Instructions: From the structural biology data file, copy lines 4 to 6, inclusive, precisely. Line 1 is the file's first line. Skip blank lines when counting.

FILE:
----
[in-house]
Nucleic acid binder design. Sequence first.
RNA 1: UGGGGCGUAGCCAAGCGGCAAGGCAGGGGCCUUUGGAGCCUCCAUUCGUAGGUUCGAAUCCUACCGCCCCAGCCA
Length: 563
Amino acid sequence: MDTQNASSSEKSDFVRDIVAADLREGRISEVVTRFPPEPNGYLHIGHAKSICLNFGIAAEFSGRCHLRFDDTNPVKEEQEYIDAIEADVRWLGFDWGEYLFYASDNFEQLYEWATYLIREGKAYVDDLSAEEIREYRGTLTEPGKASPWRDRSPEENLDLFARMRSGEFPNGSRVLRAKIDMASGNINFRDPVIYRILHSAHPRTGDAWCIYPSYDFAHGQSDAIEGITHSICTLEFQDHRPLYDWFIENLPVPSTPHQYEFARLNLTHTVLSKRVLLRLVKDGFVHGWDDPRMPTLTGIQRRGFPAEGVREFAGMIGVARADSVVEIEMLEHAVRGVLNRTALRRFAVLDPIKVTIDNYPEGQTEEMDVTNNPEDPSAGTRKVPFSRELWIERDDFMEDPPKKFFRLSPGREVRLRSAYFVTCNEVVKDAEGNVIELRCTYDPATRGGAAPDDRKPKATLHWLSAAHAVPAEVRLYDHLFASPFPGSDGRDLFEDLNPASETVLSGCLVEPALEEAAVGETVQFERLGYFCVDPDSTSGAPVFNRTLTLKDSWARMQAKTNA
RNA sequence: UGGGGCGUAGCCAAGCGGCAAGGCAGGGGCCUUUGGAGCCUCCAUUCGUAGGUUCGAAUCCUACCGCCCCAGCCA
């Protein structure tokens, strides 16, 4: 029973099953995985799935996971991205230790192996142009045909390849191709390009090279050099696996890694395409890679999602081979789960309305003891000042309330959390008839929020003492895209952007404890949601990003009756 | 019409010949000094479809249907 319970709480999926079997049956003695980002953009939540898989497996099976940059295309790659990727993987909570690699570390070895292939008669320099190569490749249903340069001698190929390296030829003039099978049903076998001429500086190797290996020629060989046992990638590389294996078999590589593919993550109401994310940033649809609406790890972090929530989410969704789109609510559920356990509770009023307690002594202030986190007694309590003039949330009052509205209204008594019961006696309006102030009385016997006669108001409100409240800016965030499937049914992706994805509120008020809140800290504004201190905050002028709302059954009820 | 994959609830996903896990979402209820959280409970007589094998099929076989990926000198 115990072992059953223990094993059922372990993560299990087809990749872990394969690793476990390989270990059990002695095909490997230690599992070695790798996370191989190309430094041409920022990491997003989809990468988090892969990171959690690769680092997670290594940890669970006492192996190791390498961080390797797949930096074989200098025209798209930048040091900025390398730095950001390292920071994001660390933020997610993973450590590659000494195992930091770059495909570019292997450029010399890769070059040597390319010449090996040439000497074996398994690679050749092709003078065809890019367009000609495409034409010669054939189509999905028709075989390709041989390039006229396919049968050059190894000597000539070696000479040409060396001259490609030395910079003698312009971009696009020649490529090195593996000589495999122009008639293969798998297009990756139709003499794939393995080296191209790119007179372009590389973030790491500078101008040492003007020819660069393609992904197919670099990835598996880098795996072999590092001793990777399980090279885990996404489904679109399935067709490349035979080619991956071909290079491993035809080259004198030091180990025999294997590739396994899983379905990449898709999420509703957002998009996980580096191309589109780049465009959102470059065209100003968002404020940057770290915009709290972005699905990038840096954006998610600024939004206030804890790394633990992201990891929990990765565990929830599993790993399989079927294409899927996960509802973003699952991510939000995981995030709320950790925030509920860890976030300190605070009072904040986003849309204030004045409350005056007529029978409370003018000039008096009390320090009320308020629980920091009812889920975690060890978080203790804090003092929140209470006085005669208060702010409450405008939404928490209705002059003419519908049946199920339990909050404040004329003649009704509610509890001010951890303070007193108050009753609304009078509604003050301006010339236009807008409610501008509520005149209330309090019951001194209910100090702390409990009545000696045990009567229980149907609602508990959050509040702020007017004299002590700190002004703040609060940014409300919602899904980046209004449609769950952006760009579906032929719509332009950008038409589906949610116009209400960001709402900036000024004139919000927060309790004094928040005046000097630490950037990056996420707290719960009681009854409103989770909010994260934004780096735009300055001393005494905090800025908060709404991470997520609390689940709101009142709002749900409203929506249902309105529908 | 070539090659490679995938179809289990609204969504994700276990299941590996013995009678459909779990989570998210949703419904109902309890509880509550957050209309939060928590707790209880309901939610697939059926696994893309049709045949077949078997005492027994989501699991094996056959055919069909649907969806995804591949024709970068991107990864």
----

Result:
Length: 563
Amino acid sequence: MDTQNASSSEKSDFVRDIVAADLREGRISEVVTRFPPEPNGYLHIGHAKSICLNFGIAAEFSGRCHLRFDDTNPVKEEQEYIDAIEADVRWLGFDWGEYLFYASDNFEQLYEWATYLIREGKAYVDDLSAEEIREYRGTLTEPGKASPWRDRSPEENLDLFARMRSGEFPNGSRVLRAKIDMASGNINFRDPVIYRILHSAHPRTGDAWCIYPSYDFAHGQSDAIEGITHSICTLEFQDHRPLYDWFIENLPVPSTPHQYEFARLNLTHTVLSKRVLLRLVKDGFVHGWDDPRMPTLTGIQRRGFPAEGVREFAGMIGVARADSVVEIEMLEHAVRGVLNRTALRRFAVLDPIKVTIDNYPEGQTEEMDVTNNPEDPSAGTRKVPFSRELWIERDDFMEDPPKKFFRLSPGREVRLRSAYFVTCNEVVKDAEGNVIELRCTYDPATRGGAAPDDRKPKATLHWLSAAHAVPAEVRLYDHLFASPFPGSDGRDLFEDLNPASETVLSGCLVEPALEEAAVGETVQFERLGYFCVDPDSTSGAPVFNRTLTLKDSWARMQAKTNA
RNA sequence: UGGGGCGUAGCCAAGCGGCAAGGCAGGGGCCUUUGGAGCCUCCAUUCGUAGGUUCGAAUCCUACCGCCCCAGCCA